Church #28, St Peter’s Episcopal in Albany

Date: 3/10/13

Church name/type: St Peter’s Church, Episcopal Church USA

Pastor: Reverend Paul Hartt

Style of worship: Formal traditional style utilizing forms from a prayer book and hymn book

Overall Impression: surprising!

Thoughts:
The first few noticeables at this church didn’t seem promising. It was rather dark and the organ was playing grumpy sounding music. My opinion went up as the service went forward, so I think I can explain these first two items easily enough: 1) the space seems mainly lit by sunlight 2) it’s lent, and the music is often slow and dreary during lent.

Anyways, I noticed some other things as the service went on. The floor is an interesting mosaic of tiles along the main and side aisles. The front of the church is this kinda multifaceted dome. The children’s time was at the very beginning of the service and I heard a story I don’t remember hearing before. It was about Joshua and the twelve stones. Just before they get to enter the promised land, the Israelites have to cross the Jordan which is parted for them like the Red Sea was. Once they are crossed, Joshua has them gather twelve stones (I guess from the river bed) and set them up nearby. Then Joshua says, “When your kids ask why we are keeping twelve rocks around, tell them they help us remember how God saved us from bondage in Egypt and led us to the promised land.” So that was really cool. I also liked the verses used for the sermon: the story of the prodigal son. The pastor talked about how we might identify with any of five characters in this story- yes five. His descriptions were so detailed I actually found myself daydreaming about them. And yes, that’s a compliment. There are so many ways this story relates to life. Especially if you think beyond the story into the befores and afters.

A son leaving home and living dangerously only to return; there are lots of ways this could play out. We can think about what his journey was like and where he went. Were there people he hurt along the way? Maybe it is up to him to reach out to those people and make amends.

The other son in the story is shocked and angered at the fuss dad makes over wayward son. Have we ever been close to someone who is seemingly rewarded for one tiny good following a string of evils? How can we learn to accept this and be gracious to our brother?

The dad is willing to accept his son back into his life even though he spent through half their money. Can we do the same for another who we love?

There are also servants in this guy’s household who witness the event from the edges. How does it touch us to see this from the outside? Can we learn from what us going on here? Are we able to join in the father’s excitement or are we going to become upset as the other son did?

There is a fifth character element in the unknown of what the son did on his journey while he was off living selfishly. Perhaps he hurt many people. I can think of examples of this from ex-girlfriends to pals he stuck with the bill at the tavern. If we are this fifth person how do we respond? Can we find it in ourselves to forgive him who wronged us? Can we find ways to move on with our lives?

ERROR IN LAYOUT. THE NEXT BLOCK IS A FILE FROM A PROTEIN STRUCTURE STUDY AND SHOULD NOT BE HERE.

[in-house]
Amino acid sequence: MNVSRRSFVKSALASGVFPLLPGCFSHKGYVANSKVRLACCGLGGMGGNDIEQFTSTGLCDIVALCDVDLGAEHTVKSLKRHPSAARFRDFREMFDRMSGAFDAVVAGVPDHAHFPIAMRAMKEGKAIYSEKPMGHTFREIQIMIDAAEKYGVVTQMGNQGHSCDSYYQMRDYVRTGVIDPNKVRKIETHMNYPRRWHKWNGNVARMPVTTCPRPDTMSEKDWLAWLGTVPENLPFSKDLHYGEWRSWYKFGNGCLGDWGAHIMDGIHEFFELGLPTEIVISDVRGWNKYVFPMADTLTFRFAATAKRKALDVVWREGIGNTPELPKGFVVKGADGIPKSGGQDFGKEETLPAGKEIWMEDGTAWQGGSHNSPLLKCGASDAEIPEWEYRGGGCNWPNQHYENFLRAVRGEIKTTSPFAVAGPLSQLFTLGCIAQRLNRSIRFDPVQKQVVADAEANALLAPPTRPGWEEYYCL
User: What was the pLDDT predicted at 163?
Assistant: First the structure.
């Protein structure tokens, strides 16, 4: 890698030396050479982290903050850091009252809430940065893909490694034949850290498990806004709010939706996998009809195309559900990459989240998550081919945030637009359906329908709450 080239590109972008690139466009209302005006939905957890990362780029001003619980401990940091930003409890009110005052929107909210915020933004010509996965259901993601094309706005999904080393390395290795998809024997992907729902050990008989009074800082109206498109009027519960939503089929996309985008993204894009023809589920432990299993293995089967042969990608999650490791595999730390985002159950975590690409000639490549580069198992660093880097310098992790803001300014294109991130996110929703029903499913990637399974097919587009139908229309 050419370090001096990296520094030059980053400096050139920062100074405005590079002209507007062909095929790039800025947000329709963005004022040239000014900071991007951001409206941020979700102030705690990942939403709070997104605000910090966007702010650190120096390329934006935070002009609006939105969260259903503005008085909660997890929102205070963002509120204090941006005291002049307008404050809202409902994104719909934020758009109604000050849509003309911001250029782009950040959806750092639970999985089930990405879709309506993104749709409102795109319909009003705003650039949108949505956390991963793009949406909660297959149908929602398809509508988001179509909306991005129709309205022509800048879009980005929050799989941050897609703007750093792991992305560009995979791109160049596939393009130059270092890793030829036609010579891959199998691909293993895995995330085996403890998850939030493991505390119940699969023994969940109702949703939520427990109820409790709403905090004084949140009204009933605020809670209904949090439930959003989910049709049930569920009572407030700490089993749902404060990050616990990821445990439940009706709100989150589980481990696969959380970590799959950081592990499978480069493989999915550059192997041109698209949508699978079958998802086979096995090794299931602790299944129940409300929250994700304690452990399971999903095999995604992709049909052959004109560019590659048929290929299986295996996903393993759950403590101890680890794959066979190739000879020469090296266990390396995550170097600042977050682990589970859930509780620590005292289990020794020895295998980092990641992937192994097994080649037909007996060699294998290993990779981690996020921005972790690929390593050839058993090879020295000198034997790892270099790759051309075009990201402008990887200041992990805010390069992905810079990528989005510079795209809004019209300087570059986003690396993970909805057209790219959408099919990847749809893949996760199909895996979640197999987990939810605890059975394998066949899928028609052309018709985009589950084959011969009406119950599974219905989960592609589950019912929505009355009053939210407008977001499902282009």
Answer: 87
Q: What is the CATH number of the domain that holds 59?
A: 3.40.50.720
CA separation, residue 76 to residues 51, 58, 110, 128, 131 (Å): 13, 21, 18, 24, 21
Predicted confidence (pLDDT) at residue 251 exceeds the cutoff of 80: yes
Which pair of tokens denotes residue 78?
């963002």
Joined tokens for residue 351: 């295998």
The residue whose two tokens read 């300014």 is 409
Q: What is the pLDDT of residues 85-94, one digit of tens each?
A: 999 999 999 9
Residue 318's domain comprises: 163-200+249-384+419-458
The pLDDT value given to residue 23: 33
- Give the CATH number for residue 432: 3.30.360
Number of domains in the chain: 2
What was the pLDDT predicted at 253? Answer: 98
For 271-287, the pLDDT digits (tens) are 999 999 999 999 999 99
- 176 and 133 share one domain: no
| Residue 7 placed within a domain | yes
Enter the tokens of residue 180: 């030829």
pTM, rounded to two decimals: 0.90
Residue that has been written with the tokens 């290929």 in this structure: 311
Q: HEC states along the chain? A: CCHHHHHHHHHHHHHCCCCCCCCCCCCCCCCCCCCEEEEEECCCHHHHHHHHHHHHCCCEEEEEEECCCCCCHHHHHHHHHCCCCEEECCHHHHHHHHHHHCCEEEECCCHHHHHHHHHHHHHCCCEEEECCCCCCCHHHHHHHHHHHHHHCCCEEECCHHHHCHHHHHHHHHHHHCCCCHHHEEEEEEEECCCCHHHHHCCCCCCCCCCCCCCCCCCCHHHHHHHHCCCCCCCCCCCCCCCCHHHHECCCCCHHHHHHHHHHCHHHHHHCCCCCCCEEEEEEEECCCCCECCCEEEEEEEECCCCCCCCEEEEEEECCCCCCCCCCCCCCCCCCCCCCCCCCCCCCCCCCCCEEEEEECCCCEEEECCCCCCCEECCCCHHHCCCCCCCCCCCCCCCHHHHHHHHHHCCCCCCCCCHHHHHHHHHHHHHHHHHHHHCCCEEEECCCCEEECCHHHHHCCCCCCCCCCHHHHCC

After the service was all done I wandered to the back of the church to say hello to this pastor. So, remember how I’m always saying that the best welcome statement is not one of, “I hope you come back!” (pressure) but instead, “I’m glad you came!” ? Well when I shook his hand he said, “I’m so glad you came today!” In my brain I said “AWESOME!” to this perfect greeting and I smiled. I asked about snacks because I couldn’t remember if we were told ‘fellowship’ or ‘coffee’ was occurring after service and I didn’t want to sound weird. I guess ‘snacks’ sounds a little weird too. But no matter, because immediately after he directed me to the door to the gathering space and woman named Carly came up to me and offered to walk me there. She was nice and chatty and dressed snappy. She reminds me of my awesome chatty aunts. We talked easily about a bunch of things and she introduced me to a number of other church members. We were among the last to leave. I even got to give out my website cards.

Overall this turned out to be a pretty nice Sunday. I like this place- that is I like the people and the atmosphere. Carly basically invited me back to any holiday or Sunday imaginable, so maybe I’ll return for a week at some point.

The choir: Again with the strong choral presence! The choir was great and they comprised a decent chunk of the congregation. Is this a thing with downtown or pipe organs or what?

One Reply to “Church #28, St Peter’s Episcopal in Albany”

  1. Dear Tracey, I so enjoyed your nice review of your experience at St. Peter’s Episcopal Church on March 10. Father Hartt showed me your blog re our church; thank you for your kind comments. Please know that you are welcome at St. Peter’s Episcopal Church ANY TIME:) Take care, Carly

    P.S. Thanx for the personal shout out. LOL

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